August 20, 2007
5 Guides for Today
Expert advice from Leadership’s first sage, Fred Smith, Sr.
Leadership's longtime friend and sage Fred Smith, Sr., died on Friday, August 17, 2007 at age 91. Smith was an accomplished businessman, church leader, and mentor at the time Leadership journal was launched in 1980. He was featured in the first issue, and we have welcomed his sage advice in the journal's pages many times since.
When his health prevented him from leaving home for lectures and group meetings, Fred began inviting young leaders to his house for a weekly breakfast. That led to a website and new interaction with a new generation of leaders through his "Ask Fred" e-mails.
Even at his advanced age, Fred was learning what's really important in life and ministry. Here an excerpt from Fred's last article in 2005, the distillation of Fred's final years as a mentor.
It must be awfully safe to write to a 90-year-old, because I get lots of questions. Most of them deal with hard issues of character, spiritual growth, and suffering. I suspect many think of me as playing in my second overtime, so they assume that the answers may be coming from a little closer to heaven.
They tell me they believe I will give them an honest answer and that at my age I should have more answers than they do. I do my best to thoughtfully respond. But sometimes I just have to say, "I have been struggling with that same issue for all of my adult life, and I will be praying for you."
Pastors write anonymously of painful experiences with staff, boards, and members: "How do I know when it's time to move on? How do I know that God is speaking and not just some board members who want me to leave?"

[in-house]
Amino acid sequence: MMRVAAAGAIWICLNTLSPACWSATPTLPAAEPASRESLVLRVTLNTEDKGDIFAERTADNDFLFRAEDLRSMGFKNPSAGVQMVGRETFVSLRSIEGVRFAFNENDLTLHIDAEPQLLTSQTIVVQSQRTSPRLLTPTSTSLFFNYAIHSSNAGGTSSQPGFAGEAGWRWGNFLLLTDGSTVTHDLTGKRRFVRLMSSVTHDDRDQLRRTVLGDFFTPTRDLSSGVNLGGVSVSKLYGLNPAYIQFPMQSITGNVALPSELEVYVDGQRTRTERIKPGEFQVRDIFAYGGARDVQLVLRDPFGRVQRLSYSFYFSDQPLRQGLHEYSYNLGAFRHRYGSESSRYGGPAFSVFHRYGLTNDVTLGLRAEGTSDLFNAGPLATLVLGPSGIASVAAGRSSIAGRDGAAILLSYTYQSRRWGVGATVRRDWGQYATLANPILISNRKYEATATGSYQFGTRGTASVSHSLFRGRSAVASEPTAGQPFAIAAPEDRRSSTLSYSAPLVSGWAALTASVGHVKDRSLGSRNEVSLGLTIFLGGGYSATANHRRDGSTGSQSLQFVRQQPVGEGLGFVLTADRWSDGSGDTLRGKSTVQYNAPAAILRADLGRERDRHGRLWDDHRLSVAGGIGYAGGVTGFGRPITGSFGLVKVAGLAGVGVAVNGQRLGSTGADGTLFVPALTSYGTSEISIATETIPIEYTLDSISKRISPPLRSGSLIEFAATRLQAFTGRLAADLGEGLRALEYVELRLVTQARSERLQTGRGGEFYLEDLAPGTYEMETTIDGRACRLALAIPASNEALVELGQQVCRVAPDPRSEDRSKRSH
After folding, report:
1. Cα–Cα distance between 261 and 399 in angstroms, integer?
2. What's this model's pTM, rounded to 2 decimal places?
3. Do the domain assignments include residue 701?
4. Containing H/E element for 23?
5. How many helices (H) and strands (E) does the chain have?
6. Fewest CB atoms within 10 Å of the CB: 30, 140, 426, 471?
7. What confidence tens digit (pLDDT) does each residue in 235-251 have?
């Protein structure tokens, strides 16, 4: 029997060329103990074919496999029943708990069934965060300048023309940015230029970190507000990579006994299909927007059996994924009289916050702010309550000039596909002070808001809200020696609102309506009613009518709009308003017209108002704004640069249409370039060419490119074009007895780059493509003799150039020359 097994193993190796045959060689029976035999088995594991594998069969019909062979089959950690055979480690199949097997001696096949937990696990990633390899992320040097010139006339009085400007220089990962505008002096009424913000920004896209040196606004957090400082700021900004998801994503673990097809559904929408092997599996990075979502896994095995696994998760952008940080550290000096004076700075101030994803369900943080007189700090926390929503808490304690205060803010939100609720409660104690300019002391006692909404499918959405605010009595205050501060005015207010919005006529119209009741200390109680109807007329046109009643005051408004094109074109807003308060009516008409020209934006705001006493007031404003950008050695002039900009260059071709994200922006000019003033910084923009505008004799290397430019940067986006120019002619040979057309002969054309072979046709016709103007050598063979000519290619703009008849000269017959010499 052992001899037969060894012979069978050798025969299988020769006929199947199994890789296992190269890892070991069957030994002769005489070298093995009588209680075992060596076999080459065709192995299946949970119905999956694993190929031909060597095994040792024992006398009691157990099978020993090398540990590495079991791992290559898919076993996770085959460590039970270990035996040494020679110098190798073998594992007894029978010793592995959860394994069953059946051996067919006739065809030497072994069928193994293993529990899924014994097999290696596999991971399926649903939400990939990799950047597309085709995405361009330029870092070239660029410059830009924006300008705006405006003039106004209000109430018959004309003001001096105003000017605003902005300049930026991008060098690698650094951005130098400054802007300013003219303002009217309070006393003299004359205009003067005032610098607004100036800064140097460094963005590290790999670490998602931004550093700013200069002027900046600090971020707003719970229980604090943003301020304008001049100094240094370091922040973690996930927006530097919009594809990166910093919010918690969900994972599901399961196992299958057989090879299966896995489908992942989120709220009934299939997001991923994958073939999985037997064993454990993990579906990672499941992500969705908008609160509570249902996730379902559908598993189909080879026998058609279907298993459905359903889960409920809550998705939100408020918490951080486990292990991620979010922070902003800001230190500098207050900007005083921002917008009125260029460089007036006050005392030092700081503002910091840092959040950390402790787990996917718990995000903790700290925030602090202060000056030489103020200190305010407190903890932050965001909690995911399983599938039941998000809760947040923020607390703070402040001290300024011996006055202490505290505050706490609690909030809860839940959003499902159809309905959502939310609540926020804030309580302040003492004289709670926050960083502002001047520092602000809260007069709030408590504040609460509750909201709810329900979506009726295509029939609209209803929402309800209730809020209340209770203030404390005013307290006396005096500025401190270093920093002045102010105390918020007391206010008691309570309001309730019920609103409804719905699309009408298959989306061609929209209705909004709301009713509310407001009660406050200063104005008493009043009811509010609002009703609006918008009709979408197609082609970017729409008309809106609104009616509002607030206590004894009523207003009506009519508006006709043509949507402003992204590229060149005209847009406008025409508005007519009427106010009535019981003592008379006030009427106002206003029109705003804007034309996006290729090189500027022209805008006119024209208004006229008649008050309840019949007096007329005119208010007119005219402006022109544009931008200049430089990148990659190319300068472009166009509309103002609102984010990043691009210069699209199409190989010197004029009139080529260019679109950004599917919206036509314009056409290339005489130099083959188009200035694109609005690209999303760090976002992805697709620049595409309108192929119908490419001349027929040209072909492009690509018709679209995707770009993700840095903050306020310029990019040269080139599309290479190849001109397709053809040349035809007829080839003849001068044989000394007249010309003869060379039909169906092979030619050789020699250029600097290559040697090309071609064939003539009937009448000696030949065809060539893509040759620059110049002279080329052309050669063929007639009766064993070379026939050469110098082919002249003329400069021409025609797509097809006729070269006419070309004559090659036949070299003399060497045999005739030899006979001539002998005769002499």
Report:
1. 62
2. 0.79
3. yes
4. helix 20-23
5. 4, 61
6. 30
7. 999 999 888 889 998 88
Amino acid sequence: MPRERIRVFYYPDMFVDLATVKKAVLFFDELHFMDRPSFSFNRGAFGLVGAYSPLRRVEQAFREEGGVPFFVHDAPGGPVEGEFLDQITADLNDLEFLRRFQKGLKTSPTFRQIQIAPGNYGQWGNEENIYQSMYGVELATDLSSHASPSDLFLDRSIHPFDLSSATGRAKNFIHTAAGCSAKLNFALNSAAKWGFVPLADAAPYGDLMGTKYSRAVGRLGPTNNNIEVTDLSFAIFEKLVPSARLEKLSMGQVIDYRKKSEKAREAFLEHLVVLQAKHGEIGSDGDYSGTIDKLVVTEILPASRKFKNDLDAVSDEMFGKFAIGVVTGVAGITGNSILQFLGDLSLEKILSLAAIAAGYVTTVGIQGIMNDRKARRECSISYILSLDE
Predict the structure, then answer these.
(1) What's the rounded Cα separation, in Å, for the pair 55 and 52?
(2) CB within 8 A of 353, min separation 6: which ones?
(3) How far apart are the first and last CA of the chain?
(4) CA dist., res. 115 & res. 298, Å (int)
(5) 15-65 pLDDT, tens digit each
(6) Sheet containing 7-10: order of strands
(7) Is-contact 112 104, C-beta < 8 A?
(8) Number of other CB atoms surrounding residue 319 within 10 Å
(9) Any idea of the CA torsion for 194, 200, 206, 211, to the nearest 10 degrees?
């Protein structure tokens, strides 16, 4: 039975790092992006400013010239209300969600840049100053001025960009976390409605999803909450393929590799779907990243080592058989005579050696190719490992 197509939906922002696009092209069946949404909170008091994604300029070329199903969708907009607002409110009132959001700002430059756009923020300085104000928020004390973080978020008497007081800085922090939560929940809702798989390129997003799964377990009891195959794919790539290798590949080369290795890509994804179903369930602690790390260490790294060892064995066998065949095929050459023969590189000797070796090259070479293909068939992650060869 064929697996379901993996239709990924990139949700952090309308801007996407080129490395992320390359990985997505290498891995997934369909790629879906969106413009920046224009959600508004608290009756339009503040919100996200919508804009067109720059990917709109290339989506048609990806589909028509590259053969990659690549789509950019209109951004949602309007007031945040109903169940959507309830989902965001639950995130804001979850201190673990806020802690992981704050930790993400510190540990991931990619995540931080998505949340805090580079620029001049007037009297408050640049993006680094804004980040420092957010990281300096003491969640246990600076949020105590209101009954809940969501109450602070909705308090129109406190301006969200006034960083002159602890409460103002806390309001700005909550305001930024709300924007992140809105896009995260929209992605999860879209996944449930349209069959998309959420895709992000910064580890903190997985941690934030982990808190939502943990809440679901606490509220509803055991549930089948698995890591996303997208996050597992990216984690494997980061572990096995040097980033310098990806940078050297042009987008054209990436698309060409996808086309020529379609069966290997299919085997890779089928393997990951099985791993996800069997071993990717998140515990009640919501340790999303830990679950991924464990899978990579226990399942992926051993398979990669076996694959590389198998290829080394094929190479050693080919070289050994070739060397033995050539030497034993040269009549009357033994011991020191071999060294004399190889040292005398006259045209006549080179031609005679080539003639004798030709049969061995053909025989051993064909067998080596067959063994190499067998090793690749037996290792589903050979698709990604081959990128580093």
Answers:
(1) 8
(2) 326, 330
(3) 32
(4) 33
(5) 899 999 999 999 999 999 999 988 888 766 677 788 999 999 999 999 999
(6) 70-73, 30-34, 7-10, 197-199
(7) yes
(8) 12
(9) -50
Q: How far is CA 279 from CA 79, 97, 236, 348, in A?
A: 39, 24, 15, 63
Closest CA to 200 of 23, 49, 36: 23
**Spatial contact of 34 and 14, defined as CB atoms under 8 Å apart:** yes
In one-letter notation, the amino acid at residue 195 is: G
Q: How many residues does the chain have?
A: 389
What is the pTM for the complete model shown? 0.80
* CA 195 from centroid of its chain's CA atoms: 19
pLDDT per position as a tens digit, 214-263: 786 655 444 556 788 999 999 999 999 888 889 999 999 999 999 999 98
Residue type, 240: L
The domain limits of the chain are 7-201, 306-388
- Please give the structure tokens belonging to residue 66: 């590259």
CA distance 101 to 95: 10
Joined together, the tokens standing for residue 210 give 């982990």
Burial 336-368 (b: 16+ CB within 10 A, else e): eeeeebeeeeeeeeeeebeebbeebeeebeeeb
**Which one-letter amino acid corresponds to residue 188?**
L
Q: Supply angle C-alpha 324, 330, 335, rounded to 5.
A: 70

Business executives ask about ethics and passion: "I am a key executive with a Fortune 500 company and hate what I do. My family depends on my income, and I feel locked into a life that I dread." They want to know how a Christian approaches such decision-making.
What do the "Ask Fred" questions teach me? I've come to five conclusions.
1. People need encouragement.
Truett Cathey says, "How do you identify someone who needs encouragement? Answer: That person is breathing."
There is breakdown in the church, in the family, and in the meaningfulness of work. All three arenas were given to us as blessings, but our culture has turned them into sources of hurt. Some pastors lead like CEOs instead of shepherds. But people long for shepherds.
Even though he headed a large institution, Pope John Paul II came across as a shepherd. He had character and love. The character appealed to young people-he was the rock. The love was the generous spirit he displayed.
When our politicians wave, it's in a way that says, "I hope you like me." John Paul didn't wave, he gave a blessing. People felt that they were being blessed by seeing him, that the encounter wasn't for him, but for them. That's encouragement.
And when he died, the occasion attracted 5 million people to the largest voluntary gathering in history.
2. Truth telling and wisdom are in short supply.
Dr. Phil is a runaway hit because he "tells it like it is." He listens, quickly diagnoses, and then lets them have it. They line up hours ahead of the taping to have an opportunity to be confronted by him. What they define as truth telling is actually a mixture of psychology and entertainment. Scripture commands us to "tell the truth, in love." Television ratings aren't mentioned.
As a parent, I noticed the striking transition in my role from power figure to wisdom figure. I was no longer "the boss" but "the consultant." In the "Ask Fred" questions, I clearly see men and women searching for trustworthy wisdom that comes without strings and without a hidden agenda.
"My dad is dying from lung cancer. What should I be saying to him and what should I be asking him to say to me?" I replied that if I were he, I'd want my children to remind me of specific incidents where I influenced them positively. I'd want to hear from them that my life has counted and that I am a child of God who is loved and eagerly awaited by those who have gone before me. I'd want to tell them that they are my significance. I'd want them to know that I love them. And I'd want them to know that knowing God is a worthy passion.
Continue reading Smith's article at Leadership's website.
Fred Smith was a long-time consulting editor of Leadership.